Why look to fiction to take the temperature of a country? You might as well ask the canary to issue a detailed report into working conditions in the coalmine. The task of the writer is to sing her own song, which may be entirely at odds with the atmosphere in which she finds herself.

And yet: these three stories alert us to something in the air in Aotearoa New Zealand. The barometer swings, conditions change, and people are buffeted by circumstance, challenged by fresh strangeness. The location of each story is absolutely local – we know where we are – but the threat is diffuse, worldly, universal.

As always, it’s an interesting time to be a writer in New Zealand. We are all luminaries now, writing not in the shadow but by the light of Eleanor Catton’s brilliant success, which blazes like a signal fire on the beach. Not a problem, to use the vernacular. We’ve been here before, with Katherine Mansfield’s ‘little lamp’, and we’ll be here again. Engaging the world beyond our shores, tangling with its cultural economies, and then plunging back into the hinterland, the harbour, the bare cupboard, mining our own dark past – and present and future – for literary gold.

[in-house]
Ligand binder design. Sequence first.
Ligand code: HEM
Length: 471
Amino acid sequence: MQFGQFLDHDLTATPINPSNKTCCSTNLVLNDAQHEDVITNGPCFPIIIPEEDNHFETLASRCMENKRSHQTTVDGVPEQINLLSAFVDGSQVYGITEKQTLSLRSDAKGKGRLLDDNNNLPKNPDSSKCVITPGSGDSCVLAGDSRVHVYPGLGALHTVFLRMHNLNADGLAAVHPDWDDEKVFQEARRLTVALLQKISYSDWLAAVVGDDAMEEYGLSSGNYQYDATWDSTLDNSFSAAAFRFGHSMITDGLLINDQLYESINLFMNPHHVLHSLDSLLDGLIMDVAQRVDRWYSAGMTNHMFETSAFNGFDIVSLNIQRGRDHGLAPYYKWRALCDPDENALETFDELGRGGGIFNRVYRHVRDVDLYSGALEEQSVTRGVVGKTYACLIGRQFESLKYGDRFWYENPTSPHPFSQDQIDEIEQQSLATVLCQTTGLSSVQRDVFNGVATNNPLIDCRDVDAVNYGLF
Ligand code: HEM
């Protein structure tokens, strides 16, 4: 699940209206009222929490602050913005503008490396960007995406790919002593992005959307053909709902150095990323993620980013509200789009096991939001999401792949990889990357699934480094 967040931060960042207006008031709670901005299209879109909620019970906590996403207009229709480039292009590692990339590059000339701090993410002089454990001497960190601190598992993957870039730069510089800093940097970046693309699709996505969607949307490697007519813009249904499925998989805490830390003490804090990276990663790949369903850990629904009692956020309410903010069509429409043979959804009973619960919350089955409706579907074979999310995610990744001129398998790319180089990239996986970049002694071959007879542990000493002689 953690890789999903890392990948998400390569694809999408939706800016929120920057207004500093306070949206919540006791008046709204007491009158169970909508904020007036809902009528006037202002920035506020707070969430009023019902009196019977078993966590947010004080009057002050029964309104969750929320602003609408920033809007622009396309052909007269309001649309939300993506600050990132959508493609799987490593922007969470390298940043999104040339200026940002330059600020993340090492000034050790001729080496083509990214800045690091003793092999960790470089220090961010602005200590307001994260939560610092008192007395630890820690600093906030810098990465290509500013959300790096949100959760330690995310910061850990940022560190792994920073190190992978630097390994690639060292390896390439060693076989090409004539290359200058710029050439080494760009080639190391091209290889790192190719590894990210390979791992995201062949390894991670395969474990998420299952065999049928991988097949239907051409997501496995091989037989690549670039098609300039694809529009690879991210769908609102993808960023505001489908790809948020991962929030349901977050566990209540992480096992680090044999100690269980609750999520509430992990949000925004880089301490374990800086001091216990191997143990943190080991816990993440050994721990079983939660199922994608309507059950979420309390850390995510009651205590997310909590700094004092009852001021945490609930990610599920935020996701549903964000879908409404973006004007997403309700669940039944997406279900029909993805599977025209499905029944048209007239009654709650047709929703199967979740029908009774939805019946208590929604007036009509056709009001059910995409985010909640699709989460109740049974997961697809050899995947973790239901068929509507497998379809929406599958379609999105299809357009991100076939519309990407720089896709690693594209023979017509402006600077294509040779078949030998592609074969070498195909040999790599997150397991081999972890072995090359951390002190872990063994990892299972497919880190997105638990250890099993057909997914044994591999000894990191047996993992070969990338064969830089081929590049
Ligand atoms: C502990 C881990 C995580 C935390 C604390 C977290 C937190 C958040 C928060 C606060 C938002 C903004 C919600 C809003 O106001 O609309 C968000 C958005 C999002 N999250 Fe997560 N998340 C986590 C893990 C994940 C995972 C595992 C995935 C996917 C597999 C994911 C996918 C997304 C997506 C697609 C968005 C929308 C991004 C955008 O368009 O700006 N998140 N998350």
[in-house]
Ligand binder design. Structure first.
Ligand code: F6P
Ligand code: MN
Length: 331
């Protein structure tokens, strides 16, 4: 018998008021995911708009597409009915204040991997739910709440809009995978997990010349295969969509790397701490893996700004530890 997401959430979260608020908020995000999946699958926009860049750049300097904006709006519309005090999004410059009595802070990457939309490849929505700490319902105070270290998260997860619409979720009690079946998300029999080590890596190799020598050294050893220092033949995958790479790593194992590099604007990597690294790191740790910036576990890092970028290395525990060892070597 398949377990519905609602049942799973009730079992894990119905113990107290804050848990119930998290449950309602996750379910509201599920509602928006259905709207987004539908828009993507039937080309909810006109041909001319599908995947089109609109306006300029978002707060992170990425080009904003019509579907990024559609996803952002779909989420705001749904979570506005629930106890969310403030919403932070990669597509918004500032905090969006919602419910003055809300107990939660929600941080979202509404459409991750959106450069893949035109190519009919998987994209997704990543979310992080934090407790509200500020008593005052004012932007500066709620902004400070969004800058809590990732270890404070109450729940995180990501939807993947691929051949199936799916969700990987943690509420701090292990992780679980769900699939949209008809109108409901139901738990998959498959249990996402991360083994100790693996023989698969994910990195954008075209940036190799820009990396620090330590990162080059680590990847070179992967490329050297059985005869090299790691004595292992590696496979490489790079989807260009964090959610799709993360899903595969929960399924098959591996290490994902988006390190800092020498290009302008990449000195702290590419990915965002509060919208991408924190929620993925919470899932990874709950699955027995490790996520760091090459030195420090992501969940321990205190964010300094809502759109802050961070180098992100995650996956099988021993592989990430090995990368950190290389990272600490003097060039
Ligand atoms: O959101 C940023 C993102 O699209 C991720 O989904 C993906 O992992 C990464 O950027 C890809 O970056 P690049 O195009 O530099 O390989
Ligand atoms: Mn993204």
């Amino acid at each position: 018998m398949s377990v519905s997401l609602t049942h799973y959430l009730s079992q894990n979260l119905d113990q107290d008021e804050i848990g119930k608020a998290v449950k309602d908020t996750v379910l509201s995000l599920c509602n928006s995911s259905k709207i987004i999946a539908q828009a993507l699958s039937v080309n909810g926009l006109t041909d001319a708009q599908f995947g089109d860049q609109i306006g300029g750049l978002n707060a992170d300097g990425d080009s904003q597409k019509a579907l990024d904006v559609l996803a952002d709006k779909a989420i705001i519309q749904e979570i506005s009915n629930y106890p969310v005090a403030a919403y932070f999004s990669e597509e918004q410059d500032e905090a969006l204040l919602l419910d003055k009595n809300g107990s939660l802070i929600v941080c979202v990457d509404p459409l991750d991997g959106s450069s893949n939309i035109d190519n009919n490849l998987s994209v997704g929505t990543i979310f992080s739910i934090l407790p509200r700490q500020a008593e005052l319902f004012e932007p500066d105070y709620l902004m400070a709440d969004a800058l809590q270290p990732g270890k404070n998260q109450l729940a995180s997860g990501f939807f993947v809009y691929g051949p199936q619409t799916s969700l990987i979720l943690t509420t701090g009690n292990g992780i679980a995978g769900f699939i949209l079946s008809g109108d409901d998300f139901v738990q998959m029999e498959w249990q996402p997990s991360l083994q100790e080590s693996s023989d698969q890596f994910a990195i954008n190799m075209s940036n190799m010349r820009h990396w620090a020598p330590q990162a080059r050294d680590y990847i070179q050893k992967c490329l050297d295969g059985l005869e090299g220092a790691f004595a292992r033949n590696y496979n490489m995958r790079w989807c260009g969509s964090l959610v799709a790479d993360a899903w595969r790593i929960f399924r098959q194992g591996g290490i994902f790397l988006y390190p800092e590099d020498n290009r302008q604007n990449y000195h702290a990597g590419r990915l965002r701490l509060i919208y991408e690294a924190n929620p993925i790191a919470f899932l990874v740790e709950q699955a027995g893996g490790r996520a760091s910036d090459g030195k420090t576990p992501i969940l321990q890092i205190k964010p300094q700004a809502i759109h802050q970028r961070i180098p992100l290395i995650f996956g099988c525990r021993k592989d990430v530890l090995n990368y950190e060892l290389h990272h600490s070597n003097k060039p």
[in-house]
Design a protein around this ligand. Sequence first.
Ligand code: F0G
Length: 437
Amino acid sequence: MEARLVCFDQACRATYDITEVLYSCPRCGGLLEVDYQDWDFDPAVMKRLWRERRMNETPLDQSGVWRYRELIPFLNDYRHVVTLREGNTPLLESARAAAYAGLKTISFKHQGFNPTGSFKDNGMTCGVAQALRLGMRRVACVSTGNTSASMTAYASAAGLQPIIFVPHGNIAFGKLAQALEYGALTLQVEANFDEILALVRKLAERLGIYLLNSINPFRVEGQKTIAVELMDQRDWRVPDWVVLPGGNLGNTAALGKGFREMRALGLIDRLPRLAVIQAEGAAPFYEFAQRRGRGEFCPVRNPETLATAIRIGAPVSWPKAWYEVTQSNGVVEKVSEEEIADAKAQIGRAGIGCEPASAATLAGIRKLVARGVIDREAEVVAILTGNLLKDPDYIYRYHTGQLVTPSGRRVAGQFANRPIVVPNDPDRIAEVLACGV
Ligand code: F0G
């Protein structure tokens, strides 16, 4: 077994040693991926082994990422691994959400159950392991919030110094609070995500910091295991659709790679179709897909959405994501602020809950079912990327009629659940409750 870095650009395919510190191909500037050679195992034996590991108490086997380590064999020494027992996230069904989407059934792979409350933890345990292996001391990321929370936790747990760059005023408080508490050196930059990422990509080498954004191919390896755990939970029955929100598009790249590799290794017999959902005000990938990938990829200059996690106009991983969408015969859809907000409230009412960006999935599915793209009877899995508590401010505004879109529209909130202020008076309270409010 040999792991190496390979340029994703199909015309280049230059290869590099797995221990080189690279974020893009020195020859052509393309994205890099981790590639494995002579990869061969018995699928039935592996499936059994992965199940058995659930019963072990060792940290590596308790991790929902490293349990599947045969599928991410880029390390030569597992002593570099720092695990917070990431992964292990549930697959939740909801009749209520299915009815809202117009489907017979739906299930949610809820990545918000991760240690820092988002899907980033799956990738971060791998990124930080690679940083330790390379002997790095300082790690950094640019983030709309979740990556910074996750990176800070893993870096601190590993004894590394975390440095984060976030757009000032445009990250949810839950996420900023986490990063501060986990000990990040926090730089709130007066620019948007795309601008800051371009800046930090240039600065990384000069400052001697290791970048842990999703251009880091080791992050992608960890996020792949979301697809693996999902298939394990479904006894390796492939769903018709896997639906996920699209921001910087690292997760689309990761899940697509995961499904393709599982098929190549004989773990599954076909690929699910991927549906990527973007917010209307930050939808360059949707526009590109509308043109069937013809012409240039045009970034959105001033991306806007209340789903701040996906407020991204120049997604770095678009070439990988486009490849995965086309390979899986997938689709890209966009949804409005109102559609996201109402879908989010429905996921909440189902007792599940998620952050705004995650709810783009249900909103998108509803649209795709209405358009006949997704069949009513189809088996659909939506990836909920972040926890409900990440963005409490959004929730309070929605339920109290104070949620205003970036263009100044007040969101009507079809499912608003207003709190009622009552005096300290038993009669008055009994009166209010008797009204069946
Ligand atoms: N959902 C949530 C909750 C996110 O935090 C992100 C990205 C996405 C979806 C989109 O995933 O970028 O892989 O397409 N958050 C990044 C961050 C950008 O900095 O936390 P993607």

Jolisa Gracewood

Jolisa Gracewood is a freelance editor who has worked with authors of nonfiction, fiction and poetry; chaired festival panels; and judged literary competitions. She has a PhD in comparative literature from Cornell University, where she coedited two teaching anthologies. She is the co-editor of Tell You What: Great New Zealand Nonfiction 2015.

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